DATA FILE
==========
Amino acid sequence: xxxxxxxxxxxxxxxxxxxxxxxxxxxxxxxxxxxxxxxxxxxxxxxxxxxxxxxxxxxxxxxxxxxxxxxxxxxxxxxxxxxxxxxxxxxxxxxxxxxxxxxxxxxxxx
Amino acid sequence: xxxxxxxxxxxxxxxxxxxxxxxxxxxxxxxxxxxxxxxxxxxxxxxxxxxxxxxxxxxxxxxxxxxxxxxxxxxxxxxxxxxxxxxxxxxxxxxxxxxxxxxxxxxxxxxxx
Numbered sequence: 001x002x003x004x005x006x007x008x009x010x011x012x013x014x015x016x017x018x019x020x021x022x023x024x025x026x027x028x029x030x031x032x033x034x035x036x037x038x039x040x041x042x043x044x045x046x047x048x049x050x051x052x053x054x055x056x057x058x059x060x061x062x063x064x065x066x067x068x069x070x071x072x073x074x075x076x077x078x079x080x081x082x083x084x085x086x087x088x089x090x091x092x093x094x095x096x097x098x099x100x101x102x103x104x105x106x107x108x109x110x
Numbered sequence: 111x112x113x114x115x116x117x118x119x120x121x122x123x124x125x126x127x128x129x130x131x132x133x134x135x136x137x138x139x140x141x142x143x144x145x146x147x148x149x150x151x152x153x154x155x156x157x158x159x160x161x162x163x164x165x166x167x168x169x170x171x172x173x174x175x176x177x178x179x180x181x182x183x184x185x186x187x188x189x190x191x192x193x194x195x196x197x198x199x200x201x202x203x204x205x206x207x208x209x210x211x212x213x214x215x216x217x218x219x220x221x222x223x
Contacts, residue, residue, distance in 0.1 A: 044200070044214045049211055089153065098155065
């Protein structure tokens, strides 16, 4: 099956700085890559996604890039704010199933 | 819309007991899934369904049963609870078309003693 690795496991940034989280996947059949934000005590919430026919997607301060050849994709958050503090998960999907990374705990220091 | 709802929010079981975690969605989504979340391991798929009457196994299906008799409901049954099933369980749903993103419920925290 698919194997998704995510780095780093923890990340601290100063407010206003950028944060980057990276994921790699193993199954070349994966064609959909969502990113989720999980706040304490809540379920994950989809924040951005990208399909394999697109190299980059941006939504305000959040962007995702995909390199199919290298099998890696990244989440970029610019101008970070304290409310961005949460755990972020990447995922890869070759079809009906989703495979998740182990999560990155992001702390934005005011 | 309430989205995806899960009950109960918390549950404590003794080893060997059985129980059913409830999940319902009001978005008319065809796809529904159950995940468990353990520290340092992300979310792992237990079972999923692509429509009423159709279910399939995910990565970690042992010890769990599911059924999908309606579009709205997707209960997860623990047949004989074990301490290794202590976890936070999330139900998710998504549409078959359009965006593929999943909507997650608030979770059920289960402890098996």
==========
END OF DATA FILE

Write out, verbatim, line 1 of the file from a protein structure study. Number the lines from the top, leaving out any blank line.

Amino acid sequence: xxxxxxxxxxxxxxxxxxxxxxxxxxxxxxxxxxxxxxxxxxxxxxxxxxxxxxxxxxxxxxxxxxxxxxxxxxxxxxxxxxxxxxxxxxxxxxxxxxxxxxxxxxxxxx